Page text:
A 78-year old Caucasian female with a history of well-controlled type 2 diabetes mellitus, and essential hypertension reported the presence of jaundice and acholic stools for one week. She denied any fever, abdominal pain, pruritus or changes in her bowel habits. She denied any consumption of alcohol as well as the use of any analgesics or antibiotics. She also denied any history of travel outside Michigan, United States of America. Her medications included aspirin (81 mg), citalopram, losartan, metformin, and oxybutynin, all of which she has taken for at least one year. She also took simvastatin for 2 years with no adverse effects but had replaced it a month prior to her presentation with a once daily over the counter curcumin supplement without seeking medical advice.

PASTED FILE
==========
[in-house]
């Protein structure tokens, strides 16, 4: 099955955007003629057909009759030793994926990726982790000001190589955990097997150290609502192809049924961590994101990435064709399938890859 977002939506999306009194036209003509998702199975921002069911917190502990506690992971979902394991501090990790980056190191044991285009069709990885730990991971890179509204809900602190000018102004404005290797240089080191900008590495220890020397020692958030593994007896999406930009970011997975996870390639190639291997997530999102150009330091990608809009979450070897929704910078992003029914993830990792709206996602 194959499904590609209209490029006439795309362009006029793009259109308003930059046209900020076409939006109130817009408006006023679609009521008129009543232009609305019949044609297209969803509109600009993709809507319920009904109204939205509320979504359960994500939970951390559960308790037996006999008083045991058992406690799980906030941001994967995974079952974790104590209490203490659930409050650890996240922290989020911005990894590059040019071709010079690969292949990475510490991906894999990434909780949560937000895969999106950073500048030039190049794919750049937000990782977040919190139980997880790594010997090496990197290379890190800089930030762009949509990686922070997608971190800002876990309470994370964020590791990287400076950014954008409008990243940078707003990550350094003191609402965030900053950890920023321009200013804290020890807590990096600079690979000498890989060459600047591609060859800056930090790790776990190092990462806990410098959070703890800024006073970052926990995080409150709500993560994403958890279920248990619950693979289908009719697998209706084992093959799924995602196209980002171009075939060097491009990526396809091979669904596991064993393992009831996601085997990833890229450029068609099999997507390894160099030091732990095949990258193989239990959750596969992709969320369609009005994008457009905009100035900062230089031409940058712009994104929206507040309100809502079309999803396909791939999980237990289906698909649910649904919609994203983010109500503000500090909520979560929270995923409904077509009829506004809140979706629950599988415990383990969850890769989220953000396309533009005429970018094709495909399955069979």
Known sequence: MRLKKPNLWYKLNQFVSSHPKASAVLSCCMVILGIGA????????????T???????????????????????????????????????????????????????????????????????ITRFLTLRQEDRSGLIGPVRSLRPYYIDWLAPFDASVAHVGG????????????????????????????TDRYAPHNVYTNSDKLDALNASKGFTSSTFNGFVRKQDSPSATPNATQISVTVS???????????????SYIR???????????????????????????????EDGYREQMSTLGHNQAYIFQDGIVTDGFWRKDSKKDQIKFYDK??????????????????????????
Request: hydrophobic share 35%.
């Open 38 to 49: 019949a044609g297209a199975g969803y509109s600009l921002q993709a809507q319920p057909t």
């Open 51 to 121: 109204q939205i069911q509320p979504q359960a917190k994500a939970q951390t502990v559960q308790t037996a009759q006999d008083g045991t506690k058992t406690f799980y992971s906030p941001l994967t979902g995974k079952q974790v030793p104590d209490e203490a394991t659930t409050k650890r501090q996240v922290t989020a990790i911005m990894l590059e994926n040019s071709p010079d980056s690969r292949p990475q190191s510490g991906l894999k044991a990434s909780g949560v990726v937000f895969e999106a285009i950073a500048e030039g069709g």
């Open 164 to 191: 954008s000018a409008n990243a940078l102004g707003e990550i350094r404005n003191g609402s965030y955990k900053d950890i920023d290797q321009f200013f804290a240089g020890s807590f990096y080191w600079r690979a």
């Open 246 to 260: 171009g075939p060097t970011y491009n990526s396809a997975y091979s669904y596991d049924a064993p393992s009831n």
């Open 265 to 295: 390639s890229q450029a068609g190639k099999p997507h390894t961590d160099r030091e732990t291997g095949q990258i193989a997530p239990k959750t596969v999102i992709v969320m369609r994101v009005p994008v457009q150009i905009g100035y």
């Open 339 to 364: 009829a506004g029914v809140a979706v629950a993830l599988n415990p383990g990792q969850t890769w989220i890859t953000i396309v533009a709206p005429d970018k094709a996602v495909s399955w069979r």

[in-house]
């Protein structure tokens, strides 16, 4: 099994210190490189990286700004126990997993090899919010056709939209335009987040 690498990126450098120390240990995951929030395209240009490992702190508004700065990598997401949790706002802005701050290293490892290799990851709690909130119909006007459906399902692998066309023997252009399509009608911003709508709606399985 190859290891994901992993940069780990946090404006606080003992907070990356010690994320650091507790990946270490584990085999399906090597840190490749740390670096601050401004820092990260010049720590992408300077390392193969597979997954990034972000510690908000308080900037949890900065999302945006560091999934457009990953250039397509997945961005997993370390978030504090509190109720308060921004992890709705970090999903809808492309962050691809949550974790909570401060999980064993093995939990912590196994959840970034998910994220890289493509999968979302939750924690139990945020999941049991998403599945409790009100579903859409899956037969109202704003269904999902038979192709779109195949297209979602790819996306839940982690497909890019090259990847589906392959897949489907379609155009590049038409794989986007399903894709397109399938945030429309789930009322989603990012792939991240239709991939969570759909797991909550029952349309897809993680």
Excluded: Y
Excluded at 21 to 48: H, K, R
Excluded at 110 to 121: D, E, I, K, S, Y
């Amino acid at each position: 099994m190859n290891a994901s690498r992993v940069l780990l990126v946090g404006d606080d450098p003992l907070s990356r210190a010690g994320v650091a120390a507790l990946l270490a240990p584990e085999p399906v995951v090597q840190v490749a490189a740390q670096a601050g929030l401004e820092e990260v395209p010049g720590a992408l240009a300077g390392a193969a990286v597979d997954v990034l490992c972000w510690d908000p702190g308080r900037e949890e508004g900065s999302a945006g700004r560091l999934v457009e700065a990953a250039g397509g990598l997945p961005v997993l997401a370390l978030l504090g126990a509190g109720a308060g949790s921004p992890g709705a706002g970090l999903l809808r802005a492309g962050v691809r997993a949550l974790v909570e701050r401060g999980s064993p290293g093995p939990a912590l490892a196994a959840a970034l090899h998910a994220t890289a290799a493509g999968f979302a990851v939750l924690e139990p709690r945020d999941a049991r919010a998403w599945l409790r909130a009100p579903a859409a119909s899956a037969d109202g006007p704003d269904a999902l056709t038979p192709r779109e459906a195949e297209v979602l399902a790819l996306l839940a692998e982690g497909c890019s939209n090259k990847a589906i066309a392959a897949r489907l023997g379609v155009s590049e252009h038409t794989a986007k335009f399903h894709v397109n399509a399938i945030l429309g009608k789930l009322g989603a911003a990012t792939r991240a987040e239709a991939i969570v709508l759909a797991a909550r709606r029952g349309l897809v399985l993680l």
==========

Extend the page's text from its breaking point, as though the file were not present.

On physical examination, her blood pressure was 126/65 mmHg, her heart rate 66 beats/min, and her temperature 36.6°C. She appeared in no acute distress and was jaundiced. No hepatosplenomegaly, ascites, asterixis, encephalopathy, or other stigmata of chronic liver disease were noted on physical examination.